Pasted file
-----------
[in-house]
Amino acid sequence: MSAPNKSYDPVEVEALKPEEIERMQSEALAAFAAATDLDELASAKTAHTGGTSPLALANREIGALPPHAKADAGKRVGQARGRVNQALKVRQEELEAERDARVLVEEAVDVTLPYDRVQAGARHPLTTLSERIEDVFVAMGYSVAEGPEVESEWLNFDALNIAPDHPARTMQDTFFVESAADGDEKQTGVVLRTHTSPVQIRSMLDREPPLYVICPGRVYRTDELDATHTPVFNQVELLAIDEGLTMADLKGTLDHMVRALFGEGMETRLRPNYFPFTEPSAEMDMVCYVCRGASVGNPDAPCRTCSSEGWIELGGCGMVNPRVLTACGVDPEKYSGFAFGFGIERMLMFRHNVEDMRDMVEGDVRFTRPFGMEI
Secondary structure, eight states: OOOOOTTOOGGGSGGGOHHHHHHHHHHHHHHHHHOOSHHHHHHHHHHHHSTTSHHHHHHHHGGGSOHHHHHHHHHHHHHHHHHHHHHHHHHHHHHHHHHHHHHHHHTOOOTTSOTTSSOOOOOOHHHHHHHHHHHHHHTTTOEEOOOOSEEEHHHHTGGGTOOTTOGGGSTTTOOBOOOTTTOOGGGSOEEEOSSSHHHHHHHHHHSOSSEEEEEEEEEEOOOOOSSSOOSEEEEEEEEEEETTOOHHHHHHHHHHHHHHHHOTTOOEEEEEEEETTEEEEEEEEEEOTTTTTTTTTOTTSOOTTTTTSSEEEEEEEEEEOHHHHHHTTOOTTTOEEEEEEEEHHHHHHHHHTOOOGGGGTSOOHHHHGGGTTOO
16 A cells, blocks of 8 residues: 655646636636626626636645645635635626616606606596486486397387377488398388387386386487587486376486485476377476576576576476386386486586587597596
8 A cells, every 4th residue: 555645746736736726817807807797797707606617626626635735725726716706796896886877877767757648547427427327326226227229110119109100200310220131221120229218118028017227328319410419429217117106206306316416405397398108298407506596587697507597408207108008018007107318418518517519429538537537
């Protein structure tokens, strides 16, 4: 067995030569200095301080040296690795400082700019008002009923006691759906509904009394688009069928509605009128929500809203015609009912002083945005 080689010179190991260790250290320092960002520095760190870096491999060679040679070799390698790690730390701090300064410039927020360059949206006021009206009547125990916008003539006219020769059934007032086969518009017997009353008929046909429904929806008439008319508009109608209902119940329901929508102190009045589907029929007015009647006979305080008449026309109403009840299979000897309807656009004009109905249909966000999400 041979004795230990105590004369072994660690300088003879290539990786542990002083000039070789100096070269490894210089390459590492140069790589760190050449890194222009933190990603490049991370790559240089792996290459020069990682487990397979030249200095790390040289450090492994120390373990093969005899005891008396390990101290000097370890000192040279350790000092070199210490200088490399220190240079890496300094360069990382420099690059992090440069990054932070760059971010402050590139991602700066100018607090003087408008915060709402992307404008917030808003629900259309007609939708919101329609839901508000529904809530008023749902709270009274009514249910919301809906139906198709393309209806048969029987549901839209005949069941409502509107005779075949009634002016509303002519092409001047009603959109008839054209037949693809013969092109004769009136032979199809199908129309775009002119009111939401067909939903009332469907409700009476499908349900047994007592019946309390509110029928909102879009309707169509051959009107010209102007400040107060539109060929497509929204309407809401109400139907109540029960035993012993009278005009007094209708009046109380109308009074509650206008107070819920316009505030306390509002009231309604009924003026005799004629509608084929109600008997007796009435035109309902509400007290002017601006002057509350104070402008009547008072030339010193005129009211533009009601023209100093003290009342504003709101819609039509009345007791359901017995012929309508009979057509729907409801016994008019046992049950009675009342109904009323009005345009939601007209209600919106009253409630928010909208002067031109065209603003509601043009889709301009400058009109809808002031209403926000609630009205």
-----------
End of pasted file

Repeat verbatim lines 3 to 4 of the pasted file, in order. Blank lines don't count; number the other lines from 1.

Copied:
Secondary structure, eight states: OOOOOTTOOGGGSGGGOHHHHHHHHHHHHHHHHHOOSHHHHHHHHHHHHSTTSHHHHHHHHGGGSOHHHHHHHHHHHHHHHHHHHHHHHHHHHHHHHHHHHHHHHHTOOOTTSOTTSSOOOOOOHHHHHHHHHHHHHHTTTOEEOOOOSEEEHHHHTGGGTOOTTOGGGSTTTOOBOOOTTTOOGGGSOEEEOSSSHHHHHHHHHHSOSSEEEEEEEEEEOOOOOSSSOOSEEEEEEEEEEETTOOHHHHHHHHHHHHHHHHOTTOOEEEEEEEETTEEEEEEEEEEOTTTTTTTTTOTTSOOTTTTTSSEEEEEEEEEEOHHHHHHTTOOTTTOEEEEEEEEHHHHHHHHHTOOOGGGGTSOOHHHHGGGTTOO
16 A cells, blocks of 8 residues: 655646636636626626636645645635635626616606606596486486397387377488398388387386386487587486376486485476377476576576576476386386486586587597596